China suspends seafood from Japan over its release of radioactive wastewater

Japan began its 30-year discharge of treated radioactive wastewater into the ocean on Thursday. Photo courtesy IAEA

Aug. 24 (UPI) -- China announced on Thursday it was suspending all imported seafood and other sea-bound products from Japan after Tokyo said it was releasing treated radioactive water from the Fukushima nuclear power plant.

Japan began its planned controversial release of more than 1 million metric tons of treated radioactive wastewater from the destroyed power plant into the Pacific Ocean as part of its plan to decommission the site.

Japan is one of China's largest exporters of fish, totaling $493.4 million in 2022, along with millions worth of crustaceans and mollusks, like crabs and scallops.

In a translated statement, China's General Administration of Customs said the government made the decision to "comprehensively prevent the risk of radioactive contamination of food safety, protect the health of Chinese consumers, and ensure the safety of imported food."

The agency said the decision was made in compliance with China's food safety law, administrative protocols regarding the safety of food imports and exports, along with the World Trade Organization's agreement concerning the application of sanitary and phytosanitary measures.

Tokyo's Ministry of Foreign Affairs confirmed the discharge had begun in a statement published to the social media platform X, formerly known as Twitter.

"We, the Ministry of Foreign Affairs of Japan, will fulfill our responsibilities from this day, when the first drop of water has been released, to the day when the last drop of water has been safely discharged," it said.

Since the Fukushima Daiichi Nuclear Power Station was destroyed by an earthquake and tsunami on March 11, 2011, Japan's Tokyo Electric Power Company Holdings has been storing more than 1.3 million metric tons of radioactive water in more than 1,000 large tanks on the site.

The water, which is a combination of contaminated groundwater and water that was used for cooling reactors, accumulates daily, and for years, Japan has warned that a solution was needed as they were running out of capacity and the tanks present security and safety risks, while also representing a hurdle in decommissioning the location.

Japan approved plans in 2021 to gradually release the wastewater into the ocean after being diluted with seawater and treated through a processing system known as ALPS that removes all nuclides except for tritium, a naturally occurring hydrogen atom that is a relatively weak source of beta radiation.

The discharge is to occur over some three decades.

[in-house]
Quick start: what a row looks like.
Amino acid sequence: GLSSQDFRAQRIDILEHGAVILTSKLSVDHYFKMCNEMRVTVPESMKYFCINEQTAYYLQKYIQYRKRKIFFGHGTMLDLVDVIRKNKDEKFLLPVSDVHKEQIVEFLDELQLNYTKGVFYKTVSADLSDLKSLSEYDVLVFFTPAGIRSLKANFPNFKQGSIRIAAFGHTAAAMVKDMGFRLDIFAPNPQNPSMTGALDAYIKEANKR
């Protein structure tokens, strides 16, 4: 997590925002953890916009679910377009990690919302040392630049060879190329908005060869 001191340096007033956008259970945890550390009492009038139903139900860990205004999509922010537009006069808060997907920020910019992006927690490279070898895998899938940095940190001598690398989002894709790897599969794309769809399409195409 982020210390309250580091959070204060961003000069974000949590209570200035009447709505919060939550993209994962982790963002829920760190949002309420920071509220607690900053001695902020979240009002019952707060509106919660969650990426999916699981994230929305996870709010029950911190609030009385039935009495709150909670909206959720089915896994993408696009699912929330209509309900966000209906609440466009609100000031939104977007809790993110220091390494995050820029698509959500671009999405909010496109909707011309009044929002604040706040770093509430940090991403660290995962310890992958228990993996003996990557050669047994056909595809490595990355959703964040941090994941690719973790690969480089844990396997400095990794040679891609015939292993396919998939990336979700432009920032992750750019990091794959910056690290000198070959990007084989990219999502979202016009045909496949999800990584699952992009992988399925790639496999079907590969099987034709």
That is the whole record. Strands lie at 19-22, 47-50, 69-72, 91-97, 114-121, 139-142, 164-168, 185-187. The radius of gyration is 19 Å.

Last month following the completion of a two-year study of the plan, the United Nations' nuclear watchdog the International Atomic Energy Agency gave Japan its approval, with IAEA head Rafael Grossi stating the gradual discharge "would have a negligible radiological impact on people and the environment."

Japan earlier this week announced it would commence with the plan Thursday, weather permitting.

TEPCO officials said Thursday morning in a press conference that the discharge was to begin at 1 p.m.

Plans state the initial discharge of some 7,800 metric tons will occur over a 17-day period, with a total four discharges to take place this fiscal year, amounting to 5 trillion becquerels of tritium added to the ocean.

The officials said that analysis shows the tritium concentration of the water released Thursday was between 43 and 63 Bq per liter, which is below TEPCO's limit of 1,500 Bq/l.

While South Korea signed off on the plan after the IAEA gave its approval, China has voiced strong disapproval.

On Thursday, Beijing warned that while a major catastrophe occurred in March 2011, a "man-made secondary disaster" could occur over Japan's decision to service its "selfish interests," a foreign ministry spokesman said in a statement.

"To forcibly start the ocean discharge is an extremely selfish and irresponsible act in disregard of the global public interest. By dumping the water into the ocean, Japan is spreading the risks to the rest of the world and passing an open wound onto the future generations of humanity," it said.

"By doing so, Japan has turned itself into a saboteur of the ecological system and polluter of the global marine environment. It is infringing upon people's rights to health, development and a healthy environment."

In South Korea, Prime Minister Han Duck-soo called on Japan to be transparent during the 30-year discharge.

"If it is released according to the measures announced earlier by the Japanese government, Korea sees no need to worry much," he said in a statement.